Everyone loves watching movies. They take you to another world and make you have strong feelings for characters you were introduced to just a few minutes ago. Quite often, they can also cause you to introspect.
The ability to write a story that is so moving that it can leave a lasting impact on the minds of the moviegoers is a dream come true for every screenwriter. However, writing a movie script is quite different from writing a book or a short story.
If you have always wanted to write a script but did not know how to go about it, here is a detailed guide to help you out.
Table of Contents
Find The Idea
Everything starts with an idea. An idea creates a spark and lights the flame of your imagination. You need an idea or an inspiration for writing the script.
If you are looking for ideas and inspirations, then start by reading the news, talking to people, reading books, or even watching more movies.
Sometimes all you need is to hear about a small incident from someone, and that can set you off on the rollercoaster ride of scriptwriting.
Write The Logline
Now that you have an idea for the movie script, you start writing the script. You start by writing the logline. If someone asked you to tell them what your movie is about in a single sentence, how will you describe it? The answer is your logline.
Logline is a one-sentence description of the movie that briefs the reader about the protagonists and antagonists, their goals, and the point of conflict. It is the shortest yet complete summary that you can give of your movie.
When you take your script to the producers, most of them read the logline first. If it piques their interest, they read more. Your logline must be exciting and interesting. Today, it is also often used for marketing the movie once it is made.
Writing the logline also gives you an outline that you need to follow for the rest of the story. It prevents you from straying from the story and getting confused.
Write The Treatment
The logline should be followed by the treatment. The treatment is the summary of the script. It is typically two to five pages long.
It contains the title of the movie, the logline, a list of all the characters in the movie, and a short synopsis.
While the detailed script describes the movie scene by scene in great detail, the synopsis is a shorter version of the same. The treatment is another way to create the outline of the story before delving into the details.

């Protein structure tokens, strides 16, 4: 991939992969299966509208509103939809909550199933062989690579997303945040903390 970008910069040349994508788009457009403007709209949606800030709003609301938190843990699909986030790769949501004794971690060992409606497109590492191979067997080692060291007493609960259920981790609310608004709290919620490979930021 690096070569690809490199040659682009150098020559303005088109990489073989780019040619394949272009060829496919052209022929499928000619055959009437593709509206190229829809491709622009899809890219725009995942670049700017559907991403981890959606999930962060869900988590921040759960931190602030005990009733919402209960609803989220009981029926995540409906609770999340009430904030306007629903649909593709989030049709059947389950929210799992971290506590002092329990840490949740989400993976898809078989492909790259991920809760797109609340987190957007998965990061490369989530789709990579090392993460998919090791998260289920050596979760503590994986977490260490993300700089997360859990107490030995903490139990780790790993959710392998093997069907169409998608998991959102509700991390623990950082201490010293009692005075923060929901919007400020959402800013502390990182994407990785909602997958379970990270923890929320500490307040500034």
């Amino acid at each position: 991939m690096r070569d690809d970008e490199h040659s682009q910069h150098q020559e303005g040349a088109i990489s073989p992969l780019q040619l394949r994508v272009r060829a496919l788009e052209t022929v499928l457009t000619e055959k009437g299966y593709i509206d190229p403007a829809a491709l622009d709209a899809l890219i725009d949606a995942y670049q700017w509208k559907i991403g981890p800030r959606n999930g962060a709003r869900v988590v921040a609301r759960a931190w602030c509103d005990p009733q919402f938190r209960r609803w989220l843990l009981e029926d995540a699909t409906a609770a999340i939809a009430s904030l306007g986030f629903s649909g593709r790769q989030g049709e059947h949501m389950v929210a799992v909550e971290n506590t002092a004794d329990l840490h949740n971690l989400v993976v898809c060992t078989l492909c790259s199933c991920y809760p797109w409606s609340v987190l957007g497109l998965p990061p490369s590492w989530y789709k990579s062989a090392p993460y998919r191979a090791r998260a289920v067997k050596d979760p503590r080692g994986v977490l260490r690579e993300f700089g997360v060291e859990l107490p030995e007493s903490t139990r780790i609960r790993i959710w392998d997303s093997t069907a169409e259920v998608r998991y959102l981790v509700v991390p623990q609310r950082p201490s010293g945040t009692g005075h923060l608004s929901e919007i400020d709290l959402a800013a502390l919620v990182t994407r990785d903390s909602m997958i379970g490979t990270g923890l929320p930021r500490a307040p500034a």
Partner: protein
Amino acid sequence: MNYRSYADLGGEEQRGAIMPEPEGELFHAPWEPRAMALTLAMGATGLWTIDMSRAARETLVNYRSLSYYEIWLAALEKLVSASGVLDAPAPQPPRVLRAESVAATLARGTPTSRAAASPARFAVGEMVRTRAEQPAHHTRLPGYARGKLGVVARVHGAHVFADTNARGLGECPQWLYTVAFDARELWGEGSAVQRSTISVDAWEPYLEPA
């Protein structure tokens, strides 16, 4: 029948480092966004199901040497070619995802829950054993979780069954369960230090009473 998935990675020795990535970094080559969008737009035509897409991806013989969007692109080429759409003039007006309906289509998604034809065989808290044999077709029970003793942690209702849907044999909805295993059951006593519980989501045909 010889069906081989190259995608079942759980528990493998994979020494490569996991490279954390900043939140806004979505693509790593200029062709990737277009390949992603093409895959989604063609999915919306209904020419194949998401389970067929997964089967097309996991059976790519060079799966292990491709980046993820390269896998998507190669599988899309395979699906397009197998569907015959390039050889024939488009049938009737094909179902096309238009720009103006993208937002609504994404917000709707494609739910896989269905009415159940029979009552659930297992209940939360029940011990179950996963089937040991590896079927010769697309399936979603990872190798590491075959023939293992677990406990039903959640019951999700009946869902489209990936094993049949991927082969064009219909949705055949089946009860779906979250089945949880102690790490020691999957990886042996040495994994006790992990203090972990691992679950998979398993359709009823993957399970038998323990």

You start from the most abstract version of the story in the form of the logline and then proceed to add more details to it.
Writing the logline and the treatment first helps writers stay grounded. It prevents you from getting lost in the details and losing sight of the big picture.
Just as with logline, many producers read the treatment before deciding if reading the whole script is worth their time.
Flesh Out Your Characters
A script is only as interesting as the characters that inhabit it. There is no point in having a great story without well-defined characters. Most of the audience will identify or empathize with the characters, and that is what draws them to the movie.
You need to create well-fleshed out characters that seem real. Their like, dislike, motivations, goals and actions should be coherent with the personality.
You can use character profile worksheets to help you with this step. While all scriptwriters will pay close attention to developing a great personality for the protagonist, the antagonist mostly ends up getting the short end of the stick.
The antagonist is just as important to the story as the protagonist. Their motivations should receive just as much attention as the protagonists.
Plot The Outline
Now that the characters and treatment are finished, you need to get into more details. It is time to set up your scenes and plot the outline of the script.
You need to chalk out all the different scenes, where they will take place, who will be in the scenes, and a summary of what will happen in each scene. You are bringing your script to life here.
The outline helps you visualize the movie and give it a structure. You can use flashcards where you write down each scene and move it around to get a timeline that works best for your movie.
Write The Complete Script
Everything is in place now for you to finish writing the script. Fill in the dialogues in each scene and add all the details that you left out till now.
What you create now on your screenwriting software is your first draft. It will typically be 70 to 110 pages long. The key to writing the first draft is to write quickly.
Do not dwell too much or overthink every scene. When you do that, you start questioning everything and lose focus. Instead, write what comes to your mind at the moment.
This is only your first draft. You will revise before presenting it, so there will be time to check for mistakes.
Take a Break and Get Reviews
You have been deeply involved with the story up to this point. Once you have finished writing the first draft, take a break and step away from the script. It will give you a unique perspective when you get back to it.
You can also use this time to send the script to your friends or colleagues for reviews. Their feedback can be invaluable while writing the second draft.
Read the script again and consider the feedback you got. Figure out any loopholes that need fixing. Look for places that need improvement and then make the changes.
Take a break and send the script for review again. Repeat the write-break-review-write cycle a few times to finetune the script.
Now that you have a complete guide, all you need to do is start writing. Scripts usually follow a standard format, and if you do not know how to format a screenplay or do not want to waste time on it, then it would be better to write on scriptwriting software.
It is time to let your brain get buzzing with creativity and start writing.